And it’s going to be tomorrow, the 15th.
For those who don’t know, AMA stands for Ask Me Anything. Basically, people will post questions in a dedicated thread, and I’ll answer them.
That’s it. Not complicated, but very cool. I’ll post a link tomorrow to the actual post where you can do the actual asking.
This week my wife’s workplace is shut down for their annual week of cleaning, which means that she can take kid patrol duties from me. A whole week.
I haven’t been around much lately but this means I’ll be on the internet even less as I try to get work done. My list
Finish and send short story
Finish KS video
Get KS up and running
Finish Lightning Source Registration
Start revising The Great Way
Not in order of importance, obviously.
I expect this will keep my hopping while she’s gone and while she’s here, too. Hope you guys are doing well.
The insides are even prettier, but you’ll have to buy a copy to see those. You can pre-order it now from:
Or, you can win one of the copies in that box. I’ll be holding a giveaway AFTER Stephen Blackmoore’s Khan novel comes out in August. (King Khan is a standalone sequel to his Khan of Mars.) Of course, you can order his book too: Amazon | B&N | Indiebound
In case you don’t know Stephen’s work, his debut urban fantasy novel City of Lost Things was one of Kirkus’s Best of 2012. Recommended!
making books personal: a blessing of monsters i look bad moi? progress the wife
by Harry Connolly
It was just Monday that I blogged about how grateful I am that folks are supporting me in the Clarion West writeathon and that I was taking those pledges seriously and hoping to get a lot done.
Then, later that day, I broke a tooth in a big way.
Tuesday, I discovered that I could not get in with my dentist that day.
Wednesday, I learned that I will probably need a root canal that I can’t afford.
Today, my wife found out that a very old friend of hers passed away. She’s processing it as best she can and I’m trying to stay close in case she needs support.
Guys, this week sucks. As soon as we can put this one in our rear-view mirror, lets.
On top of that, I realized too late that progress on the book had grown sluggish because my subconscious was telling me that I’d made a structural mistake. The book felt flat and I couldn’t keep pushing through it any more. This realization felt almost Strossian.
So, it’s late in the day but I’m going to go back and redo those pages in the proper way, and hopefully they will help to build the climax the way it’s meant to be done.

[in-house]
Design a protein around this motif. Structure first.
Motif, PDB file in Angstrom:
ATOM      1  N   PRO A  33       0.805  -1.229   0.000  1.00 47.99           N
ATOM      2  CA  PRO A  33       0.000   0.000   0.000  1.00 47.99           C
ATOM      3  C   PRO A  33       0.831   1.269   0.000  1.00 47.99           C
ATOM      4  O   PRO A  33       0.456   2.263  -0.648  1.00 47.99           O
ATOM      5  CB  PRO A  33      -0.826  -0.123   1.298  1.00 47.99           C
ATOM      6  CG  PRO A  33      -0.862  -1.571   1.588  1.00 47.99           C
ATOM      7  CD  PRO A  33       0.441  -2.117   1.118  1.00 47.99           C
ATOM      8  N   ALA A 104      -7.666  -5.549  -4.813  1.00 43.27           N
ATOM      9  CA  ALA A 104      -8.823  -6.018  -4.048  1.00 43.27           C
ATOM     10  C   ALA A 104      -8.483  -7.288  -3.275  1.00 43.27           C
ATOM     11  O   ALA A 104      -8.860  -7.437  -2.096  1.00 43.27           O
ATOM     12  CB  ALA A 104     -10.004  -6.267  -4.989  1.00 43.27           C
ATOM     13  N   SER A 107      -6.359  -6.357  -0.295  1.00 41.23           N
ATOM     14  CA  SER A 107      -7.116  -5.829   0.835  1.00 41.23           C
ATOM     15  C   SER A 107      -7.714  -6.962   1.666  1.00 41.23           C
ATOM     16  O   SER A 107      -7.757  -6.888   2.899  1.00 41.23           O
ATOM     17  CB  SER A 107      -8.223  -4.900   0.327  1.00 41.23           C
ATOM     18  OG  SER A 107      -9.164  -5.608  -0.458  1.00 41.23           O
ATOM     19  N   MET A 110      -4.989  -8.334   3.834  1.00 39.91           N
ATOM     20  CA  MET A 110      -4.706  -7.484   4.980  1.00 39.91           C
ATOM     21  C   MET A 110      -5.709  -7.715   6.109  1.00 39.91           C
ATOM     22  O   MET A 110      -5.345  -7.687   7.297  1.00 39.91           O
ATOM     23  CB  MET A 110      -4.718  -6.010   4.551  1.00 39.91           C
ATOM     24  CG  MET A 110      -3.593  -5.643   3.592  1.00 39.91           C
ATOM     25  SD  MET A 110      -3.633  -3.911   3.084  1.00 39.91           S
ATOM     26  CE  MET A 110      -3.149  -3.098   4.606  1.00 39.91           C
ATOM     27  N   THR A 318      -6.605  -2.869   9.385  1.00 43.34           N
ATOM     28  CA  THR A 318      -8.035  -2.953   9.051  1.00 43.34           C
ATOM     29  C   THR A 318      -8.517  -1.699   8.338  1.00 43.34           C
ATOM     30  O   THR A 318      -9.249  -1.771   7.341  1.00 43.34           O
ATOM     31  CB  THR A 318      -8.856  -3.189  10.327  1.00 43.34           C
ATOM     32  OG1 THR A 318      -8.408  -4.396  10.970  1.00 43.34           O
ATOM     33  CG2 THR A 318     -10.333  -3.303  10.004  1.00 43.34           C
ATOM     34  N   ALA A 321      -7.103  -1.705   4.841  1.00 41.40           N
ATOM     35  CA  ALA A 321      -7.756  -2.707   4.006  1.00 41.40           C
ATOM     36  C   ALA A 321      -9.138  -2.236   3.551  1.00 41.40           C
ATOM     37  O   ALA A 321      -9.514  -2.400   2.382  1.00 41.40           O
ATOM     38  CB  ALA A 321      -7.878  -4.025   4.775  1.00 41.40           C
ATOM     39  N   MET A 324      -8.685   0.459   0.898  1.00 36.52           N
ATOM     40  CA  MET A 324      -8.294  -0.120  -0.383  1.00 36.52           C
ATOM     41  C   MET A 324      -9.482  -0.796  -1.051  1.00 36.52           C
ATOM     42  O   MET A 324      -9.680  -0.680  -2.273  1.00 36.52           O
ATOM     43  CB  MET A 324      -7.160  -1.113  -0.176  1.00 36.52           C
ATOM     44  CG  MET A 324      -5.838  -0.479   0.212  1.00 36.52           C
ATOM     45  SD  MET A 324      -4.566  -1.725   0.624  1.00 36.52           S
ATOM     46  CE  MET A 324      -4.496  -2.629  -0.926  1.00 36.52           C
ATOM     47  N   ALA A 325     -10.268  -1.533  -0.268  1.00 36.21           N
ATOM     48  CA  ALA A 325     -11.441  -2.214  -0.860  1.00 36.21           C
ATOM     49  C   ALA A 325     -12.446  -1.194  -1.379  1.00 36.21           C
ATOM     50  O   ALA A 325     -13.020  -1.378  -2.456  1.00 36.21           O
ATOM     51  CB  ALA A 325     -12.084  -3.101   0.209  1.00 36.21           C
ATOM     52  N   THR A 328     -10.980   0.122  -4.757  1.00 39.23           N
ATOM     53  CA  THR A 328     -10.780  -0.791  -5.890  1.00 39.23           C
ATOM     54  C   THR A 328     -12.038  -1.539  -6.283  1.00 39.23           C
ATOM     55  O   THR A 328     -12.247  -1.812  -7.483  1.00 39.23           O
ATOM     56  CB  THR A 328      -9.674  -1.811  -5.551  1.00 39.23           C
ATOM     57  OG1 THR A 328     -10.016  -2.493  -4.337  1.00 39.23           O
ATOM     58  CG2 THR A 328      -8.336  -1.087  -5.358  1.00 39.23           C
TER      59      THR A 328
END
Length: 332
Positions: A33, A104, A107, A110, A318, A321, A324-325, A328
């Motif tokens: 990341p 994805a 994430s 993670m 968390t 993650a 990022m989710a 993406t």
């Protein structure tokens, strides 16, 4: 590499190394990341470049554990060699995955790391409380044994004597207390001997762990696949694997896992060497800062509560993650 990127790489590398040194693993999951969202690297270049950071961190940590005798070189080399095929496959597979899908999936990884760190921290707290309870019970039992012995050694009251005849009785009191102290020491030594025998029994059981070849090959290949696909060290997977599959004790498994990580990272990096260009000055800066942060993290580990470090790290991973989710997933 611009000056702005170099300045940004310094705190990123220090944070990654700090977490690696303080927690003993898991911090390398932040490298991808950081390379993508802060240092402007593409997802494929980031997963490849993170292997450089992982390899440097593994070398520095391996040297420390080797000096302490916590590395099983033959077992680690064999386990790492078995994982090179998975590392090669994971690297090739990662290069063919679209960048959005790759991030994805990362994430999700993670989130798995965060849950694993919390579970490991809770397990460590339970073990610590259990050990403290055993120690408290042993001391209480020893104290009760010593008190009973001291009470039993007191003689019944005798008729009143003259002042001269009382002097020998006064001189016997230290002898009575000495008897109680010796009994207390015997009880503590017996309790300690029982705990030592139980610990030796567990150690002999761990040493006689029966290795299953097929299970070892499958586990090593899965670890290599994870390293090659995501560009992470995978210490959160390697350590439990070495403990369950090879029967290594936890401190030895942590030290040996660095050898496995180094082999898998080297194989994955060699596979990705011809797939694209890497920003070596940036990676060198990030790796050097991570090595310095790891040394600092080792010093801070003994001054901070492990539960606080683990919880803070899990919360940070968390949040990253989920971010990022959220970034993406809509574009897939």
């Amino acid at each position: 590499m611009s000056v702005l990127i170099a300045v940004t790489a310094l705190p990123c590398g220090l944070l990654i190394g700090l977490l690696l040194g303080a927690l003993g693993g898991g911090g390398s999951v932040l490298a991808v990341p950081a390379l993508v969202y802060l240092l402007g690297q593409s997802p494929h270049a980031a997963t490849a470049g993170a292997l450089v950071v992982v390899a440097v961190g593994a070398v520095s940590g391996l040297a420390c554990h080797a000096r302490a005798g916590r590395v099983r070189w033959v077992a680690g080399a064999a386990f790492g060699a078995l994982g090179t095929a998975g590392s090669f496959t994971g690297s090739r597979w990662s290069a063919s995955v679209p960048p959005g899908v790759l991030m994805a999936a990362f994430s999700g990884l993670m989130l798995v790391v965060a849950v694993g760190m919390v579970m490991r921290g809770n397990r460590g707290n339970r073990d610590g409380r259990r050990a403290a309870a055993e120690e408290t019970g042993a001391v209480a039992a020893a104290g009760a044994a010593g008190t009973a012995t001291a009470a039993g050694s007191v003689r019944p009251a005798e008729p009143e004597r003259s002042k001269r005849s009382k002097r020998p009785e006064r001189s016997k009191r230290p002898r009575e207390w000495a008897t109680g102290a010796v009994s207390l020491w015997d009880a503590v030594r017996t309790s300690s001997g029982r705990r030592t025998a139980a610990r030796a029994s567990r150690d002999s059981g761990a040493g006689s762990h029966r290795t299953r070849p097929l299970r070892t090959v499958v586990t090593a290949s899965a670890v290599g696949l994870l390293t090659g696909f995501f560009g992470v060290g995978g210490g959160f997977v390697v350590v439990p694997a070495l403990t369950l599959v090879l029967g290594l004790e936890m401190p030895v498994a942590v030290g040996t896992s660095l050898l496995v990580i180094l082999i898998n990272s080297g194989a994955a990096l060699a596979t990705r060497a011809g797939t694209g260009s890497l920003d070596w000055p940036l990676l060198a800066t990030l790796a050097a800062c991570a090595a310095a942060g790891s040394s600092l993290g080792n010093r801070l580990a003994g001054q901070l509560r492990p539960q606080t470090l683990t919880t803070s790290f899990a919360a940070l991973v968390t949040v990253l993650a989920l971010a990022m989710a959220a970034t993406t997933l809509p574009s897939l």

Week’s not over! It’s possible that tomorrow will be non-shitty. Let’s hope so.
Based on the search strings I’m seeing from people searching for my site, I should make it easy on folks to find out this piece of information:
I’m not going to SDCC this year.
What’s more, I’m not planning to attend ever again. I’ve tried a convention or two and I mostly didn’t enjoy them, so I decided some time ago that I wasn’t going to go. Maybe if I’d started at 15 or something, it would be different. Now I’m an old guy and I just don’t have the interest.
Sorry. I know this is the sort of thing some readers expect, but it’s not the right thing for me.
People who have been reading me for a while (and who have good memories) know that I celebrate my not-birthday today. Since my wife and I have the same birthday, and since sharing the day with your spouse sucks, I moved mine.
And hey, at the bottom of this post I’m going to ask you for a present.
My wife will be at work most of the day, but the plan is:
Write in the morning.
See Man of Steel (which no one else in the fam wants to see).
Come home and play a video game, if you can fucking believe it (alternately: write some more).
Delivery Indian food for dinner.
Giant fruit salad instead of cake. (We are not people of the cake.)
Best part: no nasty melon in the fruit salad. Everyone puts melon or cantelope or something in fruit salad, and it always ruins it. We’ll have cherries, apple, pear, nectarines, and some other fruits that are not on the reactive list. So incredibly good. I can’t wait.
From you, good reader, I will ask for a birthday present. As you know (professor) I’m going to be Kickstartering and self-publishing my latest book. I would ask you knowledgeable folk to post three or fewer links to the most instructive blog posts and articles that you know about the process.
If you don’t know of any good Kickstarter articles, no worries.
I’ll turn on comments on my main blog for this. Hopefully, the spam won’t be too overwhelming. Not working. Reader, I sigh. You can also comment on my LiveJournal, on Twitter, on Facebook, or any of my social media.
Have a great day, you guys. I plan to.
The thing about being in a family is, you get assigned a role within the family. They decide you’re a certain kind of person and, for the most part, treat you that way for most of your life. Growing up, I was the lazy kid who always made as little effort as possible just to get by. Even when I was a grown man, getting up at 2 am to write before I went to a 5 am dayjob shift, I still believed that’s who I was.
Anyway, we have family roles in our home, too. For instance, my wife is the one who Won’t Throw Anything Away. We live with a lot of clutter. I’ve always told myself that, if it were up to me, I would pitch out a great dumpster full of stuff so we would have more room. Can’t do that, though, because my wife collects blue glass bottles that she will Do Something With Someday, and jars of stones that she collected on a trip somewhere, which reminds her of the people and that time.